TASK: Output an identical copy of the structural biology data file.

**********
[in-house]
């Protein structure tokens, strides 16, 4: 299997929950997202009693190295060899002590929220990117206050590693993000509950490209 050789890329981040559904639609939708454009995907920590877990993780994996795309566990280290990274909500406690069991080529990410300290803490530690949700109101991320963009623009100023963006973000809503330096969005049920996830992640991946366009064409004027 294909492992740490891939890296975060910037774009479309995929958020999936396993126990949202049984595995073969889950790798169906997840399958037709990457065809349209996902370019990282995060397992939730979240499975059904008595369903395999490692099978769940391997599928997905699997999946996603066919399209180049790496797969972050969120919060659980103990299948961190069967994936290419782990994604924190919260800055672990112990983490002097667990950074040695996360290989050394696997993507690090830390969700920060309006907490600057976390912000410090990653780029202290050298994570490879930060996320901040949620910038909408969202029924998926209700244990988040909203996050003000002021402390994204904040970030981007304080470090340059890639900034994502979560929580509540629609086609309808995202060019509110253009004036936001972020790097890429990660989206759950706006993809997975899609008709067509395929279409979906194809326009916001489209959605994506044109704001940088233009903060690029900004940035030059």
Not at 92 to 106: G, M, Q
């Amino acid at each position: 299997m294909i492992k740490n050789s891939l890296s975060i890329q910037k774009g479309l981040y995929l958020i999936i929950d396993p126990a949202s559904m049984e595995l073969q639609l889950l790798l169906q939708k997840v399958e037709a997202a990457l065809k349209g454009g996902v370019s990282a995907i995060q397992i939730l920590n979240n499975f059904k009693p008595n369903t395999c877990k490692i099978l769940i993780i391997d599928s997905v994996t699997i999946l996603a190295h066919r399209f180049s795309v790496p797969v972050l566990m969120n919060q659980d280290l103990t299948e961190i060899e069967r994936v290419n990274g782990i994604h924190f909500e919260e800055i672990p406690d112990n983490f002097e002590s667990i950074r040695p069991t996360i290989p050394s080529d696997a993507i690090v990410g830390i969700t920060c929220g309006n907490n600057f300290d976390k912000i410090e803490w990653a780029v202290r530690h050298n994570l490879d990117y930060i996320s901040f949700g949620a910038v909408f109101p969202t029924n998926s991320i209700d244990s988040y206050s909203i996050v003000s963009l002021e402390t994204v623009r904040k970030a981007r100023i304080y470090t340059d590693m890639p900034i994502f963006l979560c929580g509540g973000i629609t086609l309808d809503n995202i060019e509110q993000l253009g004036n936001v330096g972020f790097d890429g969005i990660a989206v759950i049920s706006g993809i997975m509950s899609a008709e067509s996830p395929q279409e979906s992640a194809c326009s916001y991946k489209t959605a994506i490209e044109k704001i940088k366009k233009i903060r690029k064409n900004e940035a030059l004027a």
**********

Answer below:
[in-house]
């Protein structure tokens, strides 16, 4: 299997929950997202009693190295060899002590929220990117206050590693993000509950490209 050789890329981040559904639609939708454009995907920590877990993780994996795309566990280290990274909500406690069991080529990410300290803490530690949700109101991320963009623009100023963006973000809503330096969005049920996830992640991946366009064409004027 294909492992740490891939890296975060910037774009479309995929958020999936396993126990949202049984595995073969889950790798169906997840399958037709990457065809349209996902370019990282995060397992939730979240499975059904008595369903395999490692099978769940391997599928997905699997999946996603066919399209180049790496797969972050969120919060659980103990299948961190069967994936290419782990994604924190919260800055672990112990983490002097667990950074040695996360290989050394696997993507690090830390969700920060309006907490600057976390912000410090990653780029202290050298994570490879930060996320901040949620910038909408969202029924998926209700244990988040909203996050003000002021402390994204904040970030981007304080470090340059890639900034994502979560929580509540629609086609309808995202060019509110253009004036936001972020790097890429990660989206759950706006993809997975899609008709067509395929279409979906194809326009916001489209959605994506044109704001940088233009903060690029900004940035030059």
Not at 92 to 106: G, M, Q
């Amino acid at each position: 299997m294909i492992k740490n050789s891939l890296s975060i890329q910037k774009g479309l981040y995929l958020i999936i929950d396993p126990a949202s559904m049984e595995l073969q639609l889950l790798l169906q939708k997840v399958e037709a997202a990457l065809k349209g454009g996902v370019s990282a995907i995060q397992i939730l920590n979240n499975f059904k009693p008595n369903t395999c877990k490692i099978l769940i993780i391997d599928s997905v994996t699997i999946l996603a190295h066919r399209f180049s795309v790496p797969v972050l566990m969120n919060q659980d280290l103990t299948e961190i060899e069967r994936v290419n990274g782990i994604h924190f909500e919260e800055i672990p406690d112990n983490f002097e002590s667990i950074r040695p069991t996360i290989p050394s080529d696997a993507i690090v990410g830390i969700t920060c929220g309006n907490n600057f300290d976390k912000i410090e803490w990653a780029v202290r530690h050298n994570l490879d990117y930060i996320s901040f949700g949620a910038v909408f109101p969202t029924n998926s991320i209700d244990s988040y206050s909203i996050v003000s963009l002021e402390t994204v623009r904040k970030a981007r100023i304080y470090t340059d590693m890639p900034i994502f963006l979560c929580g509540g973000i629609t086609l309808d809503n995202i060019e509110q993000l253009g004036n936001v330096g972020f790097d890429g969005i990660a989206v759950i049920s706006g993809i997975m509950s899609a008709e067509s996830p395929q279409e979906s992640a194809c326009s916001y991946k489209t959605a994506i490209e044109k704001i940088k366009k233009i903060r690029k064409n900004e940035a030059l004027a």